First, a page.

Critics argue that the FSS has also bypassed two established organizations that have represented farmers for a long time, especially the Committee for Food Safety and, to a lesser extent, the FAO; both have supported agroecology as the necessary direction for farming. Although it calls itself a “People’s Forum” and invites everyone to participate, the FSS has failed to include a fair representation of food producers.
Why does all this matter and what the hell is the point, you might ask. Well, it has taken me hours and days to sort through the complicated tangles of this gigantic shift in global power, and if it fully aggrandizes all that it intends, the food on your table won’t even come from a giant pesticide-laden field, but from a laboratory.
Bill Gates is heavily invested in a number of companies including Impossible Foods and GingkoBioworks who are moving into the vegan market with products created by digital engineering of proteins like meat and dairy. This is actually fake food. Scientists now can move into cellular DNA and change it, using the new CRISPR technology I believe. Gates has been quoted as saying that the citizens of wealthy countries should give up eating meat altogether. While I appreciate that his desire to become a climate hero might be sincere, it’s alas, the wrong solution.
Consumers may well be deceived that these products are good for the climate and healthier than meat, but the components of these fake burgers will be made from genetically modified soya from pesticide-laden fields – nothing particularly organic or healthy.
Such engineered foods, produced in vast laboratories, protected by convenient intellectual property rights and scant regulation, trucked and flown all over the world according to neoliberal trade rules and packaged to look like ordinary hamburgers are not the solution to the hunger crisis or the climate crisis. They are just another gift to the corporate capitalist monopolistic system that already produces most of our food and lots of other stuff as well, facilitated by Big DATA supplied by Google and Amazon, with the emerging 5G cell phone network that will permit the tracking of consumer preferences. With robots at work in the fields, the new agriculture has been called “farms without farmers.” In a scenario from 1984, the Corporation appears to be hell-bent on taking over and ruling the messy disorganized fragmented world of global society that we used to call home. As Henry Kissinger once said, “Control food and you control the world.”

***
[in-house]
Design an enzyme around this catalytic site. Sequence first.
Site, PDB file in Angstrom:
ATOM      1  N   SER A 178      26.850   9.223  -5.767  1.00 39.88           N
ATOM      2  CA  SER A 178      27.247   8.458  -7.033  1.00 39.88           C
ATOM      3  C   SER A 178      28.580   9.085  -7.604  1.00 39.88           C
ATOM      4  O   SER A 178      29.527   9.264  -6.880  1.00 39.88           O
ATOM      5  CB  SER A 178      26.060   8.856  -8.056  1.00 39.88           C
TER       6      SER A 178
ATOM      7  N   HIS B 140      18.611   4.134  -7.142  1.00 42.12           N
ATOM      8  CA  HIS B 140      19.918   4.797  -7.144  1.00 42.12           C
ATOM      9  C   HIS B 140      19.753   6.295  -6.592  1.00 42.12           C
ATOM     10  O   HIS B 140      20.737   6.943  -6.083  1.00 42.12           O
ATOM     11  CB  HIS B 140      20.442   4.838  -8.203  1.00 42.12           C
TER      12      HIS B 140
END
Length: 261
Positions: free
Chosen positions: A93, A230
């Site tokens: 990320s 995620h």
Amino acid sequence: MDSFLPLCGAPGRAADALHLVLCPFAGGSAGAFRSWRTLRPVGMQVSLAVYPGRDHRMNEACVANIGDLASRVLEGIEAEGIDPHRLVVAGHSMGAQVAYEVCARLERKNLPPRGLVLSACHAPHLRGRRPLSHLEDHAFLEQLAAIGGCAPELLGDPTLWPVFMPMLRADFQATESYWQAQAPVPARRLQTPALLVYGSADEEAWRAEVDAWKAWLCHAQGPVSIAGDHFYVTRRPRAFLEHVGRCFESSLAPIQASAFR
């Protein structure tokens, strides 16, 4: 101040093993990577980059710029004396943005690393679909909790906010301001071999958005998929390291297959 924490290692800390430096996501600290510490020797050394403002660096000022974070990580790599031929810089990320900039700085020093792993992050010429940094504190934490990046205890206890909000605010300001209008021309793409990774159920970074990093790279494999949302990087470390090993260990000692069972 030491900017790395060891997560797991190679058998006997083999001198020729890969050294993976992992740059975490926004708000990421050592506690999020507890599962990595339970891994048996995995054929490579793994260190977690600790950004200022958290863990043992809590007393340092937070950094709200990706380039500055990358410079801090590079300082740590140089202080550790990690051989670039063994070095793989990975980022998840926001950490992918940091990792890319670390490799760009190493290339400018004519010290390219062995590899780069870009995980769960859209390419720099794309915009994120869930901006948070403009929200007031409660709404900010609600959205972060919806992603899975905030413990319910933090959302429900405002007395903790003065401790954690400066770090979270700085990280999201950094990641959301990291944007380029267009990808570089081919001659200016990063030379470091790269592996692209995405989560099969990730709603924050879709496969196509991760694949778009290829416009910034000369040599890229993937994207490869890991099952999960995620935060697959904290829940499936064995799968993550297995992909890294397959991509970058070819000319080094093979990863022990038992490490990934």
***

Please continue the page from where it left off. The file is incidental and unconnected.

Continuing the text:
The big question for us is, how will the outcome of this summit affect our local family farmers? Will it drive up prices and squash the already meager profits of farmers struggling to hold onto their already over-priced lands in a real estate market driven by corporate investors? What, if anything, can we do to protect the local farmers whose fresh produce, meats and dairy fed so many of our families during the pandemic? And with climate change bringing mega-drought and the omnipresent threat of its evil twin, forest fire, how are we going to protect our own food supply?
Stephanie Hiller is a free lance writer who blogs at “Particle Beams”. She is an adjunct instructor at Santa Rosa Junior College, where she teaches autobiographical writing to older adults. She lives in Sonoma.
Tags: Agri-food, Agriculture, Big Food, Great Reset, Organic Agriculture